Officer who told of lapses in port security loses case


May 26, 2006|BY A SUN REPORTER

A police officer who provided information to The Sun about security deficiencies at the port of Baltimore lost a case yesterday in which he asked a court to throw out the most serious disciplinary charges he faces as a result of his disclosures.

Baltimore Circuit Judge Stuart R. Berger ruled that the Maryland Transportation Authority Police can proceed with its plans to bring Officer George Tarburton Jr. before a trial board.

Tarburton faces charges that could result in disciplinary action, including firing.

The officer said he sought to expose the security lapses, which included fences in ill repair and a lack of working cameras and alarms, because he thought that was the only way they would be corrected.

"I still feel good about what I did. I don't believe I did anything wrong," he said.

The transportation police learned that Tarburton was an unidentified source for The Sun several days after an article in July detailed continuing security lapses at the port almost four years after the Sept. 11, 2001, terrorist attacks.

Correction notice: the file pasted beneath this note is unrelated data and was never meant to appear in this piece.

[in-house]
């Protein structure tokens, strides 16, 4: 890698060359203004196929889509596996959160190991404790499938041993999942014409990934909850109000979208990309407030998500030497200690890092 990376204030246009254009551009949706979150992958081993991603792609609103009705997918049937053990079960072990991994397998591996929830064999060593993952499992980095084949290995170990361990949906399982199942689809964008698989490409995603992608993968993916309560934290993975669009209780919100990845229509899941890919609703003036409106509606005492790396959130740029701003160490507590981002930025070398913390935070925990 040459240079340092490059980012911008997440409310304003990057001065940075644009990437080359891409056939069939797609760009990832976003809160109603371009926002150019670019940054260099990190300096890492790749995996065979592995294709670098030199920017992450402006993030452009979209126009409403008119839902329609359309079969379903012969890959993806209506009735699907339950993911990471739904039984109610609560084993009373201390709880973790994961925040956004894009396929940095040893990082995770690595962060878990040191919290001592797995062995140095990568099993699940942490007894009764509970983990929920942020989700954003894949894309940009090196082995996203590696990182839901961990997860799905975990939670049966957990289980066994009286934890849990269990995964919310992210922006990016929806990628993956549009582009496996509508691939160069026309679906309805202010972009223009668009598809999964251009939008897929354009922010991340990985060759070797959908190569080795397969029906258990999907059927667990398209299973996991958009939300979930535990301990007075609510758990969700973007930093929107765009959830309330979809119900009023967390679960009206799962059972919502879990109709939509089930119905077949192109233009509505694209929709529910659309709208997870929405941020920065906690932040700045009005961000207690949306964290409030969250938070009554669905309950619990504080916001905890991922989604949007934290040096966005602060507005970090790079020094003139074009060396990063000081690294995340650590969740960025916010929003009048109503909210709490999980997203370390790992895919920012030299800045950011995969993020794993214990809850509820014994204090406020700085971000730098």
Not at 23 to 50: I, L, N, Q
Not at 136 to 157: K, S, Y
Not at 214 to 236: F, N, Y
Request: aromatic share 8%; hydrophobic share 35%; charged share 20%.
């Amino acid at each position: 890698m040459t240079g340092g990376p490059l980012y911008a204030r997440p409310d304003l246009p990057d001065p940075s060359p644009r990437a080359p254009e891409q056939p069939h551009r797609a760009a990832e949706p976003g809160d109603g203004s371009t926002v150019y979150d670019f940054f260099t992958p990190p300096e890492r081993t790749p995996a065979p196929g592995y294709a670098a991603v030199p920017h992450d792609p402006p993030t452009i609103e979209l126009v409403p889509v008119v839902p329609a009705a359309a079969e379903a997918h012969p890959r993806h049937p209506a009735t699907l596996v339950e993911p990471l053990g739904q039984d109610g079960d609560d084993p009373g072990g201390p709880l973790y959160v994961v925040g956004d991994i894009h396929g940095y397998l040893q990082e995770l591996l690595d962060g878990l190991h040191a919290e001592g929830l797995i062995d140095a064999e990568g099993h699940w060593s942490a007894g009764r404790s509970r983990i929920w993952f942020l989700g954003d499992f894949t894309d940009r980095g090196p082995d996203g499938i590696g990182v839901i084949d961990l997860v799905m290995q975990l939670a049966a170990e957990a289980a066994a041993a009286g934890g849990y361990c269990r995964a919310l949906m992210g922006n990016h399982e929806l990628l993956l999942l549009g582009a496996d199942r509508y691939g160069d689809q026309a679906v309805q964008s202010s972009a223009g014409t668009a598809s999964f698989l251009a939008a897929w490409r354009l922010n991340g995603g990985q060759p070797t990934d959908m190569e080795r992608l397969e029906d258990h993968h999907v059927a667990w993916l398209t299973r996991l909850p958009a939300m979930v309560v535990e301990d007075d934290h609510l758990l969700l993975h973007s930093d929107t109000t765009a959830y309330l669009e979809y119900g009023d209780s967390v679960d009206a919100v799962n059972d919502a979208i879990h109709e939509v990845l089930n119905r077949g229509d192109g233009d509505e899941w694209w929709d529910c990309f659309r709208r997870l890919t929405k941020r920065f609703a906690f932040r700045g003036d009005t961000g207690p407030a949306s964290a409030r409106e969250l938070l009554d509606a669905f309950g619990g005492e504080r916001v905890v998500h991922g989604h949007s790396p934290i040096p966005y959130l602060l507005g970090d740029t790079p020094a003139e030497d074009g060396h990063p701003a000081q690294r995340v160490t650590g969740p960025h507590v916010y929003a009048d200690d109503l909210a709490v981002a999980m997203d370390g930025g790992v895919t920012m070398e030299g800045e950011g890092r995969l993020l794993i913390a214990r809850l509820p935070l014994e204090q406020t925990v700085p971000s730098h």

Tarburton was stripped of his badge and police powers and was put on limited duty. His disciplinary action was stayed while he pursued a claim in Circuit Court that his First Amendment rights had been violated.

"It is a delicate balance test when dealing with police and First Amendment rights and sensitive information," said Michael Marshall, Tarburton's lawyer.

Marshall said the next step in Tarburton's defense will be an attempt to change the composition of the trial board to include members from agencies besides the transportation police.

The agency contends that Tarburton should have filed forms reporting the security lapses. Tarburton said such filings by other officers were routinely ignored.

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